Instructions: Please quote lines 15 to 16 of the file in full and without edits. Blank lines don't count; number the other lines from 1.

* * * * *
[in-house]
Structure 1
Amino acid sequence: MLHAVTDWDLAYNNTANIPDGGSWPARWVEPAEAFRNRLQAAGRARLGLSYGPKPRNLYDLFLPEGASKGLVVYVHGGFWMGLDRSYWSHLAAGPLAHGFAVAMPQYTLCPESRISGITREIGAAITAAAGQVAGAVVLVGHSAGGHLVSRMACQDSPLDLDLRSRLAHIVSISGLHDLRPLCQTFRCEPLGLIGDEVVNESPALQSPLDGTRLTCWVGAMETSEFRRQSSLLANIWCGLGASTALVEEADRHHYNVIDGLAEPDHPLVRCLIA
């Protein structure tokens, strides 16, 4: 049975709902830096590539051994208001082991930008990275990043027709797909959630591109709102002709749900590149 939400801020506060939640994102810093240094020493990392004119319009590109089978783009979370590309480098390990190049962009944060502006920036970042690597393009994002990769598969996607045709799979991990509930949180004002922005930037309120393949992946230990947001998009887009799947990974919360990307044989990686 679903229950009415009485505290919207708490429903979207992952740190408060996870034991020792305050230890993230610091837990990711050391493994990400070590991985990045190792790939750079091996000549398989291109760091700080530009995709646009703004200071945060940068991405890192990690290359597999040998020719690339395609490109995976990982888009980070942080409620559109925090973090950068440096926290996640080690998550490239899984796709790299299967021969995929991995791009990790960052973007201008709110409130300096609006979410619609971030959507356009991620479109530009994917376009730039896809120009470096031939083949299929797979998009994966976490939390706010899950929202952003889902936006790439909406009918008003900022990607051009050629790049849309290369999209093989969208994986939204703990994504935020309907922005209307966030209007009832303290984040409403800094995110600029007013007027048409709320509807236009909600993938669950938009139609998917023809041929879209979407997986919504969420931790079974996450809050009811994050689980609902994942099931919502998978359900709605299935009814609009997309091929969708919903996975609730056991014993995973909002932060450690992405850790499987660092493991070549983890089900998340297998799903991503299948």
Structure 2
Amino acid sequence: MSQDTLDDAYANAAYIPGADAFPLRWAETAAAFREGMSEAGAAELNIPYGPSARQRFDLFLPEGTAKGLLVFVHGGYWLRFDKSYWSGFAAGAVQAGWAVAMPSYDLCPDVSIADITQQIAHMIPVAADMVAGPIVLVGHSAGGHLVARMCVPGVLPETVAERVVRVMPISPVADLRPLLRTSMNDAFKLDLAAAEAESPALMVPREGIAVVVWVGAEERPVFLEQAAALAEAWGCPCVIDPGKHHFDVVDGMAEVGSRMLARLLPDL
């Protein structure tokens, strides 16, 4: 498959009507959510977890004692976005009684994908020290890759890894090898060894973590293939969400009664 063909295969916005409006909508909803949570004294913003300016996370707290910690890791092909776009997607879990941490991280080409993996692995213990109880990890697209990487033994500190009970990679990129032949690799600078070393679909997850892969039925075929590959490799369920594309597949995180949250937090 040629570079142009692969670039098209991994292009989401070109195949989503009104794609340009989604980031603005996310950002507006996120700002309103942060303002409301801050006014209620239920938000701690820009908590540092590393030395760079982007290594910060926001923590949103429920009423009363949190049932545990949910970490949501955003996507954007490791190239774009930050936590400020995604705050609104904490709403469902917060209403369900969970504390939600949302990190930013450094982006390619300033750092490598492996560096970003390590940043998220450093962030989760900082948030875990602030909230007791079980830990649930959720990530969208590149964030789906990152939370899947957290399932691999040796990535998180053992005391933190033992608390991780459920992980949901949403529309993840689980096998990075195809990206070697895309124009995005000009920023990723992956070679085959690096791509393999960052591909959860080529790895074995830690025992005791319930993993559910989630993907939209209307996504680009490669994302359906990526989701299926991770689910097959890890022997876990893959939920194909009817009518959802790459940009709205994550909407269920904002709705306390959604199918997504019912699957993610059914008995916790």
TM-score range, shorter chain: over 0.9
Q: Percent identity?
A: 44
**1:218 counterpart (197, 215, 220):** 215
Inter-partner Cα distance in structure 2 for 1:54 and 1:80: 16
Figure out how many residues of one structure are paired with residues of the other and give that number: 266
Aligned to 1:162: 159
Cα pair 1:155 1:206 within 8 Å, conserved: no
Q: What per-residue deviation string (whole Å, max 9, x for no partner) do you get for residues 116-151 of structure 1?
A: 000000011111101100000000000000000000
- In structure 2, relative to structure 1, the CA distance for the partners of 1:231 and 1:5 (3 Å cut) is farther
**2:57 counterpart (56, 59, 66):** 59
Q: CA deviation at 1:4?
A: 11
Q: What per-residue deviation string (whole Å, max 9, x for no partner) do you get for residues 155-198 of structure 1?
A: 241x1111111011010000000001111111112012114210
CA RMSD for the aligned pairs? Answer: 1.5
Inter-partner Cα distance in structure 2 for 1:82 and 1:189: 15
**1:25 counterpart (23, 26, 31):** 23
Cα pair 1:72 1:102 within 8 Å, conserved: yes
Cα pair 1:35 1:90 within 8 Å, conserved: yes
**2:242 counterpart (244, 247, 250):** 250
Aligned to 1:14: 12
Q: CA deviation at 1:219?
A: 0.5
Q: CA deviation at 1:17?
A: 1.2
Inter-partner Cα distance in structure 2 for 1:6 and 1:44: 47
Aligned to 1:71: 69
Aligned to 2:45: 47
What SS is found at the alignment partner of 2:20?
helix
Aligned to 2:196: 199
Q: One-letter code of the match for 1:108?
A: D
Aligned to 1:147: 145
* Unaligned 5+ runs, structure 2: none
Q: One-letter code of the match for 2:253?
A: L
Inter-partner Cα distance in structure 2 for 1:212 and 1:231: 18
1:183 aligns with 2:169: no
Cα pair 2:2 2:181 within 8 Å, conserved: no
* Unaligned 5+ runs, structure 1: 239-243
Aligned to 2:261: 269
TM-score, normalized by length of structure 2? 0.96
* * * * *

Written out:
Cα pair 1:155 1:206 within 8 Å, conserved: no
Q: What per-residue deviation string (whole Å, max 9, x for no partner) do you get for residues 116-151 of structure 1?